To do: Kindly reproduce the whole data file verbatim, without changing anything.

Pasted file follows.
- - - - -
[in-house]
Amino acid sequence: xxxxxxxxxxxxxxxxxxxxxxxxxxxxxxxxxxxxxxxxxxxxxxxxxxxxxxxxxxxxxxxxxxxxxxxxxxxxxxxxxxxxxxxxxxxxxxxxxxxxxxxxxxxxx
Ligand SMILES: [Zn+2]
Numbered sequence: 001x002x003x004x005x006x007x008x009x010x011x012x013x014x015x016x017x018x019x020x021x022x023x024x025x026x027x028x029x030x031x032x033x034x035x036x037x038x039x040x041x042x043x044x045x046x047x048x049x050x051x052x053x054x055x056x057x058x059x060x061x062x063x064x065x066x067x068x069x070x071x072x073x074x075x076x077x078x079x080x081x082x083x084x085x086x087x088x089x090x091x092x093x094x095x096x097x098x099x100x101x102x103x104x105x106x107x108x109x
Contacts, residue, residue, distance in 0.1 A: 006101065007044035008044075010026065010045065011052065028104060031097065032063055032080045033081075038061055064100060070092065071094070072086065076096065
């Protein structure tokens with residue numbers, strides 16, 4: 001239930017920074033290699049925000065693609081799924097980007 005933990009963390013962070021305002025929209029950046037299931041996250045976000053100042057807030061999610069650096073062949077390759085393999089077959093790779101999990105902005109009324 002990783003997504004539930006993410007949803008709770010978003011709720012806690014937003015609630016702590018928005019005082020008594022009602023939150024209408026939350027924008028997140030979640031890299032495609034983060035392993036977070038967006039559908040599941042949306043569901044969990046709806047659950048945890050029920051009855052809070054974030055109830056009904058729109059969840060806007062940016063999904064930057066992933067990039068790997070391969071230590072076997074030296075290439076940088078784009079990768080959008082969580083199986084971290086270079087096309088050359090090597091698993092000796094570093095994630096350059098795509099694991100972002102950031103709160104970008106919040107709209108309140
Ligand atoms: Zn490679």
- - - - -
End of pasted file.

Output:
[in-house]
Amino acid sequence: xxxxxxxxxxxxxxxxxxxxxxxxxxxxxxxxxxxxxxxxxxxxxxxxxxxxxxxxxxxxxxxxxxxxxxxxxxxxxxxxxxxxxxxxxxxxxxxxxxxxxxxxxxxxx
Ligand SMILES: [Zn+2]
Numbered sequence: 001x002x003x004x005x006x007x008x009x010x011x012x013x014x015x016x017x018x019x020x021x022x023x024x025x026x027x028x029x030x031x032x033x034x035x036x037x038x039x040x041x042x043x044x045x046x047x048x049x050x051x052x053x054x055x056x057x058x059x060x061x062x063x064x065x066x067x068x069x070x071x072x073x074x075x076x077x078x079x080x081x082x083x084x085x086x087x088x089x090x091x092x093x094x095x096x097x098x099x100x101x102x103x104x105x106x107x108x109x
Contacts, residue, residue, distance in 0.1 A: 006101065007044035008044075010026065010045065011052065028104060031097065032063055032080045033081075038061055064100060070092065071094070072086065076096065
């Protein structure tokens with residue numbers, strides 16, 4: 001239930017920074033290699049925000065693609081799924097980007 005933990009963390013962070021305002025929209029950046037299931041996250045976000053100042057807030061999610069650096073062949077390759085393999089077959093790779101999990105902005109009324 002990783003997504004539930006993410007949803008709770010978003011709720012806690014937003015609630016702590018928005019005082020008594022009602023939150024209408026939350027924008028997140030979640031890299032495609034983060035392993036977070038967006039559908040599941042949306043569901044969990046709806047659950048945890050029920051009855052809070054974030055109830056009904058729109059969840060806007062940016063999904064930057066992933067990039068790997070391969071230590072076997074030296075290439076940088078784009079990768080959008082969580083199986084971290086270079087096309088050359090090597091698993092000796094570093095994630096350059098795509099694991100972002102950031103709160104970008106919040107709209108309140
Ligand atoms: Zn490679």